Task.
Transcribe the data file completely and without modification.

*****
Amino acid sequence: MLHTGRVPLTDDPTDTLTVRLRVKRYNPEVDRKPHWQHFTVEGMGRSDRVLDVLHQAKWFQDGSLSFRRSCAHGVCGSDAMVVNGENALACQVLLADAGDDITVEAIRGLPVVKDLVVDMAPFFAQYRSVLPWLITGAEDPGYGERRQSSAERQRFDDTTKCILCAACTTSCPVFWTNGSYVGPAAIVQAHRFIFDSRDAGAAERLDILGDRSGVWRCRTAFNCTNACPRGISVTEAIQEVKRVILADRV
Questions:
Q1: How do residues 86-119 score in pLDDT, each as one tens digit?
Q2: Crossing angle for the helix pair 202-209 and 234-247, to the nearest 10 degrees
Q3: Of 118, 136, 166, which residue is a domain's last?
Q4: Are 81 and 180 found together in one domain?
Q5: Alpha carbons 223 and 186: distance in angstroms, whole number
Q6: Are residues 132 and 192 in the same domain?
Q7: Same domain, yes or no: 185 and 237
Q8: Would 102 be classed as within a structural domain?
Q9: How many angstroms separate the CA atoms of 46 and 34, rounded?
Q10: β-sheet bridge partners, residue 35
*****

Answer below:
Amino acid sequence: MLHTGRVPLTDDPTDTLTVRLRVKRYNPEVDRKPHWQHFTVEGMGRSDRVLDVLHQAKWFQDGSLSFRRSCAHGVCGSDAMVVNGENALACQVLLADAGDDITVEAIRGLPVVKDLVVDMAPFFAQYRSVLPWLITGAEDPGYGERRQSSAERQRFDDTTKCILCAACTTSCPVFWTNGSYVGPAAIVQAHRFIFDSRDAGAAERLDILGDRSGVWRCRTAFNCTNACPRGISVTEAIQEVKRVILADRV
Questions:
Q1: How do residues 86-119 score in pLDDT, each as one tens digit?
Q2: Crossing angle for the helix pair 202-209 and 234-247, to the nearest 10 degrees
Q3: Of 118, 136, 166, which residue is a domain's last?
Q4: Are 81 and 180 found together in one domain?
Q5: Alpha carbons 223 and 186: distance in angstroms, whole number
Q6: Are residues 132 and 192 in the same domain?
Q7: Same domain, yes or no: 185 and 237
Q8: Would 102 be classed as within a structural domain?
Q9: How many angstroms separate the CA atoms of 46 and 34, rounded?
Q10: β-sheet bridge partners, residue 35